Monday, September 5, 2011

The High Price of High Art - Museum Admission Rises as Economy Falters


If you haven't been to the Museum of Modern Art lately - or looked on its website, it may surprise you to learn that the museum increased its daily admission to $25 as of September 1.  The Metropolitan Museum of Art increased its "recommended" admission to $25 on July 1.  Is a museum visit worth $25?  Or $50, if you are a couple?  Or $100 - if you are a family of 4?  And so on . . .
As our wages or fixed-incomes are worth less and less everyday, POW!  the museums remind us that their financial situation are pretty dismal too.  Or are they?  Where are the big donor dollars going?  How is it possible that a collector can shell out millions on one painting and not donate generously to support hundreds of artworks for public consumption?

In his book Red Museum (The Orange Press, 2011)Dr. Paul Werner explains it all to you.
Fundamentally, it's the economics of the "haves" and "have nots" - and the irony that most artists (who potentially supply museums) can't afford the high cost of museum admission (a perfect topic for Labor Day 2011).  Consider van Gogh's financial situation.  Now you get it.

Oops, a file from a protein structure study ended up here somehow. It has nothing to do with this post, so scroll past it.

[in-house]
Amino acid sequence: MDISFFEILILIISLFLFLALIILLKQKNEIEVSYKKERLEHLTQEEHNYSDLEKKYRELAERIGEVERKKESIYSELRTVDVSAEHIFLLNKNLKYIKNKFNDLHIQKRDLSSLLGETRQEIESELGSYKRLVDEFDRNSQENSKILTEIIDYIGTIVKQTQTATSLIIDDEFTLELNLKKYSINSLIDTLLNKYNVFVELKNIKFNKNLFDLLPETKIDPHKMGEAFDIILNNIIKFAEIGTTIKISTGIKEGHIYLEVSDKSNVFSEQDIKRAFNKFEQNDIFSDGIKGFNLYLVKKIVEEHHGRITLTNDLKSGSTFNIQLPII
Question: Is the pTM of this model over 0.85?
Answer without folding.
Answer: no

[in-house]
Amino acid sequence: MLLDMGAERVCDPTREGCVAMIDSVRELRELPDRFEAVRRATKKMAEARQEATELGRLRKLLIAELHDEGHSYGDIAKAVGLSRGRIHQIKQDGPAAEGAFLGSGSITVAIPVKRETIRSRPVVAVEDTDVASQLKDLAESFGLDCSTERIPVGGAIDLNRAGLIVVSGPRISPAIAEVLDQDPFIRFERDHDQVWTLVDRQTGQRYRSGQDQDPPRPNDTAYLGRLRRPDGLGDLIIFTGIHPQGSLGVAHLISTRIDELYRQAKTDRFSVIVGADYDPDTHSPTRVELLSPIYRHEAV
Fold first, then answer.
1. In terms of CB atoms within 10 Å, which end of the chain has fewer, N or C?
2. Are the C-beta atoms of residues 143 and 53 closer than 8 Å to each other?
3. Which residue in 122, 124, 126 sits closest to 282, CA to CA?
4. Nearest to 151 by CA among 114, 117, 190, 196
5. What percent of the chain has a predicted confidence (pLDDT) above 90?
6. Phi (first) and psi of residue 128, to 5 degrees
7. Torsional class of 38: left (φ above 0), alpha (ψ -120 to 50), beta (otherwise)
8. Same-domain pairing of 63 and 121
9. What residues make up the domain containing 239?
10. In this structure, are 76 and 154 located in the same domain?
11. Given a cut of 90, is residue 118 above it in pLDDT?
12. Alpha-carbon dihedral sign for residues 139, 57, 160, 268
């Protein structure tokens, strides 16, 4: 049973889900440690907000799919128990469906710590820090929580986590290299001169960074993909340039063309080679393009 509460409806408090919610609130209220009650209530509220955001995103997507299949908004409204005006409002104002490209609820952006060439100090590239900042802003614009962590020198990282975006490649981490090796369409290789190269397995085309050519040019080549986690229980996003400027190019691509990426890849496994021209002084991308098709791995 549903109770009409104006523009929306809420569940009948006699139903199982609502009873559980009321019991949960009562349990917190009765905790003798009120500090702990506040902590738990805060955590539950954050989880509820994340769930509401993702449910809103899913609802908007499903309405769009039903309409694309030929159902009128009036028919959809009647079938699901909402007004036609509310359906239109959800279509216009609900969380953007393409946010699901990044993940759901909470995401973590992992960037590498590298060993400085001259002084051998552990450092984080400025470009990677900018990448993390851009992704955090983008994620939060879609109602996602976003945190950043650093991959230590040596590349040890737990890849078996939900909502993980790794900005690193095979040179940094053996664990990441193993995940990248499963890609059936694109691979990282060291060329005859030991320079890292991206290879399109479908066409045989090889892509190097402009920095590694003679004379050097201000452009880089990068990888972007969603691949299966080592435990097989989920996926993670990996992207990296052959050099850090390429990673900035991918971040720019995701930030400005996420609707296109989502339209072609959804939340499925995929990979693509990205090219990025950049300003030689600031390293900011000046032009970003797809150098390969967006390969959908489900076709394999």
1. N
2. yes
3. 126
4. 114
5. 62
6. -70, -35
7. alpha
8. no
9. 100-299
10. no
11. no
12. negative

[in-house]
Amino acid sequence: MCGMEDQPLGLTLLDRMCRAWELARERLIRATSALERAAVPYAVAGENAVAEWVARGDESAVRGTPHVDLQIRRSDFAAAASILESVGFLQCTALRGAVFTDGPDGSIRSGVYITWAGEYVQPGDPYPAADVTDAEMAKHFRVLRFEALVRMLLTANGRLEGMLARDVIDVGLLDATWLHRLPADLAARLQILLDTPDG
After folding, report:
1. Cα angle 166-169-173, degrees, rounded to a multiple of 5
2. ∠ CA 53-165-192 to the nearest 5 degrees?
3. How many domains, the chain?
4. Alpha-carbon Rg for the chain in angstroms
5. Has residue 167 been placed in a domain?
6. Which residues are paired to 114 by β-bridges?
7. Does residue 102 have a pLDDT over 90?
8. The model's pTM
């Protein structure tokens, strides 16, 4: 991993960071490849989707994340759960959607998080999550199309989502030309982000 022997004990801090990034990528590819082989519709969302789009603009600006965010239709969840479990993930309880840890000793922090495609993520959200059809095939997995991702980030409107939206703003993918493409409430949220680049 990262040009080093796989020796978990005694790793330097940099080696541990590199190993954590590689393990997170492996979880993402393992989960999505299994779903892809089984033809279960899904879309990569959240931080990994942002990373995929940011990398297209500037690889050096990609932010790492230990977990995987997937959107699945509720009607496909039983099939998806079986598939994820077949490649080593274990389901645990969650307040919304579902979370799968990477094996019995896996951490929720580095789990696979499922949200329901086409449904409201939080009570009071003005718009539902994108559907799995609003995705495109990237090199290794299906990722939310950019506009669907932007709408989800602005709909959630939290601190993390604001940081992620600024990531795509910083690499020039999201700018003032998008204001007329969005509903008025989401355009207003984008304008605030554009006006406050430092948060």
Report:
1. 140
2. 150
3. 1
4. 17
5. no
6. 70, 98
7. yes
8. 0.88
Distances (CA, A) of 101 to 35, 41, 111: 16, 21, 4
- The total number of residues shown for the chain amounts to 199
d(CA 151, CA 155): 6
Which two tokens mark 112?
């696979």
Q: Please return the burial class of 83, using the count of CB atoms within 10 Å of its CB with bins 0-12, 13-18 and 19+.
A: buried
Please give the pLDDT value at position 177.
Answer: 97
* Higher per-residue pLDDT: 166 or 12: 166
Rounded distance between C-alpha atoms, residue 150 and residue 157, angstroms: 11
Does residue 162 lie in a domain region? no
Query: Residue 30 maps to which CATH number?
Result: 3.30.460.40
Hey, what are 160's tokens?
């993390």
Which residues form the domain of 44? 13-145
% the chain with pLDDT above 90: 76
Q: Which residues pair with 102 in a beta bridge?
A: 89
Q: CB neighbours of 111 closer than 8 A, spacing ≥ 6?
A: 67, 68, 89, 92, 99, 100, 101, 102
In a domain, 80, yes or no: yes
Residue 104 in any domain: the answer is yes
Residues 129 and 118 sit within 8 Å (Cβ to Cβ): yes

Of course, there are always the art galleries - which are absolutely free and often offer museum quality shows.  Thankfully, artists can visit these venues.  But what about the Old Master's?  It's a challenge -  and a disservice to everyone who finds such prices too dear.  Art should be free. And the cafeterias and shops can raise funds for the museums.  Membership as well.

That said, here are ways to minimize the high cost of museum admission:
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